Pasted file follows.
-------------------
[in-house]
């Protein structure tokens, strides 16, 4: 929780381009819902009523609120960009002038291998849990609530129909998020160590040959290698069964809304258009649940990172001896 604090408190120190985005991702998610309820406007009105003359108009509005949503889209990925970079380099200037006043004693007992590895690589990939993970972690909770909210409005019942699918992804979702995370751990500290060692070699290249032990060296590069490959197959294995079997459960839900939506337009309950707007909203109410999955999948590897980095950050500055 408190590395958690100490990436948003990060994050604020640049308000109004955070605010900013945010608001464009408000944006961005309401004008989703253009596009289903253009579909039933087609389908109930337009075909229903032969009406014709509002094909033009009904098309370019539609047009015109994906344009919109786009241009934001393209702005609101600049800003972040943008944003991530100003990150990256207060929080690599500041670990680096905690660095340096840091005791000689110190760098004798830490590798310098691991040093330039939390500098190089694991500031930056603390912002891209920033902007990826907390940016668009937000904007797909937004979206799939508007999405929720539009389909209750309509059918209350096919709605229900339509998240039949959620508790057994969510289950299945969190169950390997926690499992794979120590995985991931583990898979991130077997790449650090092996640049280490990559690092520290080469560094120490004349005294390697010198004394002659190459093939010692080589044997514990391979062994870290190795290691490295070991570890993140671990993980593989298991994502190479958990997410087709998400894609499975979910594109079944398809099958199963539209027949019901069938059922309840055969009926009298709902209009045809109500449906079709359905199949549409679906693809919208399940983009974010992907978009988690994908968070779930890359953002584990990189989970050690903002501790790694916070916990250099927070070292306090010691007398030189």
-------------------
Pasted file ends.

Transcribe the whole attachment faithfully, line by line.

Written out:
[in-house]
């Protein structure tokens, strides 16, 4: 929780381009819902009523609120960009002038291998849990609530129909998020160590040959290698069964809304258009649940990172001896 604090408190120190985005991702998610309820406007009105003359108009509005949503889209990925970079380099200037006043004693007992590895690589990939993970972690909770909210409005019942699918992804979702995370751990500290060692070699290249032990060296590069490959197959294995079997459960839900939506337009309950707007909203109410999955999948590897980095950050500055 408190590395958690100490990436948003990060994050604020640049308000109004955070605010900013945010608001464009408000944006961005309401004008989703253009596009289903253009579909039933087609389908109930337009075909229903032969009406014709509002094909033009009904098309370019539609047009015109994906344009919109786009241009934001393209702005609101600049800003972040943008944003991530100003990150990256207060929080690599500041670990680096905690660095340096840091005791000689110190760098004798830490590798310098691991040093330039939390500098190089694991500031930056603390912002891209920033902007990826907390940016668009937000904007797909937004979206799939508007999405929720539009389909209750309509059918209350096919709605229900339509998240039949959620508790057994969510289950299945969190169950390997926690499992794979120590995985991931583990898979991130077997790449650090092996640049280490990559690092520290080469560094120490004349005294390697010198004394002659190459093939010692080589044997514990391979062994870290190795290691490295070991570890993140671990993980593989298991994502190479958990997410087709998400894609499975979910594109079944398809099958199963539209027949019901069938059922309840055969009926009298709902209009045809109500449906079709359905199949549409679906693809919208399940983009974010992907978009988690994908968070779930890359953002584990990189989970050690903002501790790694916070916990250099927070070292306090010691007398030189």